According to penal code 13700 on domestic violence, it’s a crime to commit any form of abuse to an intimate partner or family member through the willful or intentional use of fear or physical force to the person. In indirect cyber harassment, it’s not the defendant harassing or causing imminent unwanted physical contact to the victim. Instead, it is the other third party who accesses the harmful information on the internet after the defendant made it available for them to access so that they can harass or threaten the victim. Domestic violence is not only limited to actions that lead to physical harm. Indirect cyber harassment is a form of emotional abuse because it deflates the victim's self-esteem and sense of self-worth.

Elements of the Crime of Posting of Harmful Information on the Internet

If you post a humorous post with the intent to make a joke and someone misunderstands the information, you will not be guilty if the prosecutor cannot prove specific aspects of crime in the offense. The prosecutor must demonstrate to the judge particular elements of this crime for you to be guilty of the violation of penal code 653.2. Below are elements of crime in an indirect cyber-harassment lawsuit as per penal code 653.2 of the California domestic violence law:

  1. The Defendant Used an Electronic Device to Send or Post Harassing Information

The use of electronic devices is the first element of an indirect cyber-harassment crime. The prosecutor must demonstrate to the jury that the defendant is guilty of the violation of penal code 653.2. Two aspects of this crime appear in this element: the use of electronic devices and harassment. An electronic device can be either of the following:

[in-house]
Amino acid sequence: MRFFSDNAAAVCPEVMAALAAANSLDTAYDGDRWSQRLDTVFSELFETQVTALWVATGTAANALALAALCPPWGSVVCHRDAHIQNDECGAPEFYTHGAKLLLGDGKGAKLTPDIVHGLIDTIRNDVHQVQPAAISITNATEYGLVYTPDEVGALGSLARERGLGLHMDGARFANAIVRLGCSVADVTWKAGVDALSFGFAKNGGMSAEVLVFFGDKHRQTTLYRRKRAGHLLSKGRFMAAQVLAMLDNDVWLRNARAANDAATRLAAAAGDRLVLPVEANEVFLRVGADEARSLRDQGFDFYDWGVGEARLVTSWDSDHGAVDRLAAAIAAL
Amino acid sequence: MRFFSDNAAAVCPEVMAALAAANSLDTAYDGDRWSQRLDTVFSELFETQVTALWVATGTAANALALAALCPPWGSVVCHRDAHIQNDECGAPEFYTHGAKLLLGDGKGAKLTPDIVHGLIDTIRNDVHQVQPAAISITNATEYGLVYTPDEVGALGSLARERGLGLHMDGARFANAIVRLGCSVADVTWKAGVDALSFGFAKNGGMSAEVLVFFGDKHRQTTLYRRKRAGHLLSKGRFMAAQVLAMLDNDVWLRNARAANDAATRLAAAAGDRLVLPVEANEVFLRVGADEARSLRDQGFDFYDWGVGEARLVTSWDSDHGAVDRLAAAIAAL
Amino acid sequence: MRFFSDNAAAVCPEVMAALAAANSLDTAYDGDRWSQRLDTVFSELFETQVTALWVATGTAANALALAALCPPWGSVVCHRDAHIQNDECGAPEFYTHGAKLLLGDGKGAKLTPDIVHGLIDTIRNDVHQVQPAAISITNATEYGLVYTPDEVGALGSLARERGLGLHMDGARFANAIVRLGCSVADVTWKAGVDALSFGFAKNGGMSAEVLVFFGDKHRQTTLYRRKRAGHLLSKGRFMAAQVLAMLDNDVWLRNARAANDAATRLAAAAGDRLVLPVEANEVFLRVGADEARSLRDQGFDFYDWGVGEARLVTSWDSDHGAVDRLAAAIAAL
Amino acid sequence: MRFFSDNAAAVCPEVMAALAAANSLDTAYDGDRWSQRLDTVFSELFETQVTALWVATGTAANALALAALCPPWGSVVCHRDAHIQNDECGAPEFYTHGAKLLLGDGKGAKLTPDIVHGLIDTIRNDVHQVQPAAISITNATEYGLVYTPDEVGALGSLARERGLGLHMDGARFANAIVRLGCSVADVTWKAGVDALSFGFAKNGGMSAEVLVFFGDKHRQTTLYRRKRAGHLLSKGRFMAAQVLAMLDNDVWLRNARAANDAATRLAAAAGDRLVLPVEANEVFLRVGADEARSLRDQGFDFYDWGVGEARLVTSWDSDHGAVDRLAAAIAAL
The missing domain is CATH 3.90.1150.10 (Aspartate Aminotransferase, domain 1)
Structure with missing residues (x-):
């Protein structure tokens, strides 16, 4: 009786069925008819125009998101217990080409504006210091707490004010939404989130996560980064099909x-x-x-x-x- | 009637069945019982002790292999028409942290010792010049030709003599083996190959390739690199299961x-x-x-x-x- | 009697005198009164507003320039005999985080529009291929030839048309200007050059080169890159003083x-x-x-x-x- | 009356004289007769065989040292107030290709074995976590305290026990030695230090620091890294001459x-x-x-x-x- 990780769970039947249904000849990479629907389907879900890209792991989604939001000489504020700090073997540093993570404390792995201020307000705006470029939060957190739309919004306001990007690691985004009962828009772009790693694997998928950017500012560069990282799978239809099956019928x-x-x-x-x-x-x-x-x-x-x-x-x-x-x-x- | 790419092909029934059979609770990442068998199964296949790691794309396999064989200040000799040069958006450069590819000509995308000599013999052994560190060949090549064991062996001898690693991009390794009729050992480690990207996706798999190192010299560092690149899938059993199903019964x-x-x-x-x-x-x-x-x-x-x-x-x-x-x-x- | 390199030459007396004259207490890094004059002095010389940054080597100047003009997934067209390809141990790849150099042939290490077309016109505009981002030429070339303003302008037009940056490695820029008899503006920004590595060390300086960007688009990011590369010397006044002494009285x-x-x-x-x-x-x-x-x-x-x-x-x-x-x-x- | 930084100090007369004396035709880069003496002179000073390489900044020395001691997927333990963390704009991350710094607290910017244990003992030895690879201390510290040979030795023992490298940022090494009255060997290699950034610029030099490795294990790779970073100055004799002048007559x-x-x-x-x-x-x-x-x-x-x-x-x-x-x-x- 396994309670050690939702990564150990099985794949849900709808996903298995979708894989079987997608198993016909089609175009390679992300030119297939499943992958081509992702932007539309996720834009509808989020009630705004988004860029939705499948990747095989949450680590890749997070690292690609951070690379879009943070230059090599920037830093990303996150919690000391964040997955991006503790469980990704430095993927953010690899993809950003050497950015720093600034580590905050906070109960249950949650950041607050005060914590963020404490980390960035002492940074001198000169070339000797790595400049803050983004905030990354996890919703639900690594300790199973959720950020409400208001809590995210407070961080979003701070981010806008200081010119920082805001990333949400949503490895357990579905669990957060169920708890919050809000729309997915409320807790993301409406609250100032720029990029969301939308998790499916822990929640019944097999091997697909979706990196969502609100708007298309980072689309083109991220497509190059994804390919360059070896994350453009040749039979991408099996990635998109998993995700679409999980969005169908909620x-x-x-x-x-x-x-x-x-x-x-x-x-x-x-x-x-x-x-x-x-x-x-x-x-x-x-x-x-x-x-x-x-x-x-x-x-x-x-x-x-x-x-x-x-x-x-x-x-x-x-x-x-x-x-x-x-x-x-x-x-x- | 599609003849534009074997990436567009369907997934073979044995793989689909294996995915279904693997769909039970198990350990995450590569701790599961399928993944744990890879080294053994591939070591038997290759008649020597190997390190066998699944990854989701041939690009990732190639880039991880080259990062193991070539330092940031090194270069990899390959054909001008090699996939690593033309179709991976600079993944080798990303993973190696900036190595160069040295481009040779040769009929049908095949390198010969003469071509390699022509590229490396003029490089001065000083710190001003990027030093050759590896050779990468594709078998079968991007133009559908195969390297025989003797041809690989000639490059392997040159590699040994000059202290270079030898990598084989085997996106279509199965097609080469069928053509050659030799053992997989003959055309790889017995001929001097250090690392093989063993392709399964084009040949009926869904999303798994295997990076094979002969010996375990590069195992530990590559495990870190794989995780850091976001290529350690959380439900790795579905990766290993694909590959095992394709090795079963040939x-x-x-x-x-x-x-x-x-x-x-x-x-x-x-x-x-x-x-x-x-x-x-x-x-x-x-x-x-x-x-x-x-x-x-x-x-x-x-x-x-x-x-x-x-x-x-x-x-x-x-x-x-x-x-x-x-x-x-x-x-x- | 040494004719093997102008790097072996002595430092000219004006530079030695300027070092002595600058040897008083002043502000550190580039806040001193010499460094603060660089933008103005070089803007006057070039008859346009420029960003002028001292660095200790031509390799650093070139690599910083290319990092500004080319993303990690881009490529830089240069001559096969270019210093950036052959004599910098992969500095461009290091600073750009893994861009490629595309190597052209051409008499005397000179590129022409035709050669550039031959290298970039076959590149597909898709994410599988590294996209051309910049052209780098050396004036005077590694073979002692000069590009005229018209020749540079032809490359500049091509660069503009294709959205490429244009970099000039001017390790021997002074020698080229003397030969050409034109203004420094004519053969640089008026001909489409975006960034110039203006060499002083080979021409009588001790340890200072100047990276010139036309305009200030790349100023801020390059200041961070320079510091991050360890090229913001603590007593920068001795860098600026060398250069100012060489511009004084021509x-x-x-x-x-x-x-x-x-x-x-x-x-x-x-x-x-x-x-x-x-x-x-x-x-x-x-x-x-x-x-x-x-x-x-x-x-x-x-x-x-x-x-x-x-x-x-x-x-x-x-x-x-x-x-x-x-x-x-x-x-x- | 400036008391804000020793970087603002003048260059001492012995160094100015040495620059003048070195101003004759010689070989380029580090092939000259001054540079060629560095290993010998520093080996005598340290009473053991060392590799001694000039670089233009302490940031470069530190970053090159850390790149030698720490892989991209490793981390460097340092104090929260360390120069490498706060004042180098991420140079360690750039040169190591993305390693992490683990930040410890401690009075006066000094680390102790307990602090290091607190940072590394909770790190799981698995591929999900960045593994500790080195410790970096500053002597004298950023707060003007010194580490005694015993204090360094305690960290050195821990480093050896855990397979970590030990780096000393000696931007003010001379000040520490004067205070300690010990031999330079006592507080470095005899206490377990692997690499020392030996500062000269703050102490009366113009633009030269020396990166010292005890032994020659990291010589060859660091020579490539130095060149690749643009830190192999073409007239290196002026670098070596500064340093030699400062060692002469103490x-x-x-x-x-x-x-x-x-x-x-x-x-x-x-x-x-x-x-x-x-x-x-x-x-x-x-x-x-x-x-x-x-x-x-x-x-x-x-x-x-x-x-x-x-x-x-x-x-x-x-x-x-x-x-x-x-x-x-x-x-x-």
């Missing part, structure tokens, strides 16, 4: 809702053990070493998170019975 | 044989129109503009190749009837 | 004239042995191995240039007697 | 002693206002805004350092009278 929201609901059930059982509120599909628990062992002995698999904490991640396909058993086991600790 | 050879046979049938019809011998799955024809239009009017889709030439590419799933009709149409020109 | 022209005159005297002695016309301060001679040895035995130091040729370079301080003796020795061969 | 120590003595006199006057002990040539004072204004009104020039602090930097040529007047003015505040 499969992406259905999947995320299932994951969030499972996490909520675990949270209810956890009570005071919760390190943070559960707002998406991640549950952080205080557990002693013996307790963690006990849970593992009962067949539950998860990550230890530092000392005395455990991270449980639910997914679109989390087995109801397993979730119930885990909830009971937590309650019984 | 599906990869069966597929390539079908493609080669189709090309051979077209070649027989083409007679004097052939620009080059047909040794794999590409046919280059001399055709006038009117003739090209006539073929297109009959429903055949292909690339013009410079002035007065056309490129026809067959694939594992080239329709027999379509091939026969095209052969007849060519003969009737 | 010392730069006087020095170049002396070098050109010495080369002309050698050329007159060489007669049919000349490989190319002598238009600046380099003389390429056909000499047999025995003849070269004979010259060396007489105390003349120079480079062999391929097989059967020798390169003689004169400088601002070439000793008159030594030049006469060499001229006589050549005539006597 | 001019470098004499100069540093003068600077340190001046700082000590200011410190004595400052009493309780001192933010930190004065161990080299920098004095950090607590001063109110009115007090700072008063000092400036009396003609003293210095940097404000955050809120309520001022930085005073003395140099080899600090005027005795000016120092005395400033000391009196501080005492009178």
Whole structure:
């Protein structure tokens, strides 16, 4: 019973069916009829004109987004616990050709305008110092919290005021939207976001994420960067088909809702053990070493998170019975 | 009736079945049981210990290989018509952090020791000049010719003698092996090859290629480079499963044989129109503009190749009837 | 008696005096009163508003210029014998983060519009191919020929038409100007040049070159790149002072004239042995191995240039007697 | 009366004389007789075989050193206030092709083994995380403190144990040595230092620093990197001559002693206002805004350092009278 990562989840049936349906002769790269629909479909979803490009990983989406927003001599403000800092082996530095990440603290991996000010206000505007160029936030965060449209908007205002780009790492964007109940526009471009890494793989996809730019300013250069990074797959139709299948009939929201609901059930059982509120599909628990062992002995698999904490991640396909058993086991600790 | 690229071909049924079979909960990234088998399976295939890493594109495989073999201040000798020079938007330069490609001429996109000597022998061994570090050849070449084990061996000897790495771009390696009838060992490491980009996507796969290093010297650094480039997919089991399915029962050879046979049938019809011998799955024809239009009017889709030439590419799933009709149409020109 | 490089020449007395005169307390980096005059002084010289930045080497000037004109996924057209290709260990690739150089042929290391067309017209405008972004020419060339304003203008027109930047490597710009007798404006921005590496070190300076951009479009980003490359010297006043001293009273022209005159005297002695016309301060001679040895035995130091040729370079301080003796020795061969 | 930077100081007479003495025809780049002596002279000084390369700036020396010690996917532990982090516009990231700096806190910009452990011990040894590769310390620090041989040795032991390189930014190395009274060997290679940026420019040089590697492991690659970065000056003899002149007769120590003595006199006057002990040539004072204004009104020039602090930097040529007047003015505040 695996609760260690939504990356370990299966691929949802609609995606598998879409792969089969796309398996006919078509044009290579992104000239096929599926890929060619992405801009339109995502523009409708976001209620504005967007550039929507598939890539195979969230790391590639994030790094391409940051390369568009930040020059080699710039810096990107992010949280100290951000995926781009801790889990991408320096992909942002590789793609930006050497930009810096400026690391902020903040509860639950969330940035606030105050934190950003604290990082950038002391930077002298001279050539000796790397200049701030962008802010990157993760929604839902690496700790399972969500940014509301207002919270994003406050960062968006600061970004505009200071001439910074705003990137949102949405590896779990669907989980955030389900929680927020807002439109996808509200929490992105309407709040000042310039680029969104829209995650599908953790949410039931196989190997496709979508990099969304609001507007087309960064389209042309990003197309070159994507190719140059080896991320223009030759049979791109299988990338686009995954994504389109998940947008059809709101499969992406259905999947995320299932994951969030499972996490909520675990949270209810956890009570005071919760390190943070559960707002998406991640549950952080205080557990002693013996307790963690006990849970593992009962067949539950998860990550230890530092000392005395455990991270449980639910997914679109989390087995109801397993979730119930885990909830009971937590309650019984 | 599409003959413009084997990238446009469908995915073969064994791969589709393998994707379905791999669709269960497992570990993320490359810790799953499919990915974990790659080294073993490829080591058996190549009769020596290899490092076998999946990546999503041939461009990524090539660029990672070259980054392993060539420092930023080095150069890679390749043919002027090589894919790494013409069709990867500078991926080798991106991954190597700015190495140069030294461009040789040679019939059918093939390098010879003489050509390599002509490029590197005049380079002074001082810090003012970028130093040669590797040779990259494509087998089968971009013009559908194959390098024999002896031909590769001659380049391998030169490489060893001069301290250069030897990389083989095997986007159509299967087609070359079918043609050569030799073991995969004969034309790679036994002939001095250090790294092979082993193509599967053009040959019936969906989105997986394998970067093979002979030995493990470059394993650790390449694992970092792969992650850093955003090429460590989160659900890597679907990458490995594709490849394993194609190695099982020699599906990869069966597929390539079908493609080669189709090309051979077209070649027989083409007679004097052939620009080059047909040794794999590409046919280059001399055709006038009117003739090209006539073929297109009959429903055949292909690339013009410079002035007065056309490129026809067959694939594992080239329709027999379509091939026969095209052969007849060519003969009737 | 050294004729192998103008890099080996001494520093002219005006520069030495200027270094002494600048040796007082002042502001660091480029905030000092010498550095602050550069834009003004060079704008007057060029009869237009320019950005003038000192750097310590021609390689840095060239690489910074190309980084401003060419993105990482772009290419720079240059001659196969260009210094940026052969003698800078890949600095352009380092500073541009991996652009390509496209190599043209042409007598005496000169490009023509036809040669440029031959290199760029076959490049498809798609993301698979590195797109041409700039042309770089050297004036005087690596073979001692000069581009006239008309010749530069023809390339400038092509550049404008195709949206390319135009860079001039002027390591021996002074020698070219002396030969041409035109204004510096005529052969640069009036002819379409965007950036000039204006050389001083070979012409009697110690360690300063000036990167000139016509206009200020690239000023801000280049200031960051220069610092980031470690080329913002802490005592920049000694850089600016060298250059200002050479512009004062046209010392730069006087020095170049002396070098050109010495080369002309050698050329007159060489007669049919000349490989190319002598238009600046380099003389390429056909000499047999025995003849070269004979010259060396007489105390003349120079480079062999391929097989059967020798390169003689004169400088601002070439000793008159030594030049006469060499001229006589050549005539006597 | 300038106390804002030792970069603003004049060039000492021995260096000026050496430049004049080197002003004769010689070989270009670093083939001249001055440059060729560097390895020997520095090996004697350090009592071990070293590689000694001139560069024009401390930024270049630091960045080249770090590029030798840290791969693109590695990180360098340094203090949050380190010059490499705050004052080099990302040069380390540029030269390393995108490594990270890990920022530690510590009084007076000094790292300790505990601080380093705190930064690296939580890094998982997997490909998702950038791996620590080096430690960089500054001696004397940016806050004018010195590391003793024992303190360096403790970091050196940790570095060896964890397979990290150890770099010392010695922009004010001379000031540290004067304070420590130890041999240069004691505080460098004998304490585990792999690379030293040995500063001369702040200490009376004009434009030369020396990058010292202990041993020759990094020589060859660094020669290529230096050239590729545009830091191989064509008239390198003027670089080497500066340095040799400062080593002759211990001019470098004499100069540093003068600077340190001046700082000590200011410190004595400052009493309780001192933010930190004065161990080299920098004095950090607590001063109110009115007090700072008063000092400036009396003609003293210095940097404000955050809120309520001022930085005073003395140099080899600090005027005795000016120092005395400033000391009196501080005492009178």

• Telephones/cell phones
  • Computers
  • Video recorders
  • Fax machine
  • Internet websites

The defendant can use the above electronic devices to hyperlink, email, publish, communicate, or distribute harassing information about a family member or intimate partner. Harassment through electronic means of communication happens when:

  • You intentionally send or share another person’s information that is alarming and terrorizing to the extent of causing fear.
  • You send and post another person’s information without their consent.
  • Posting and distributing of the harmful information lead to harassment by a third party after access to the information
  1. The Other Person Didn’t Have Consent That You Will be Sharing or Distributing the Information

Posting certain information on the internet about someone else without their consent is a violation of their legal rights. The court will find the defendant guilty for indirect cyber-harassment if the victim had not given the authorization or permission to post or distribute it.

  1. The Defendant’s Actions Were Intentional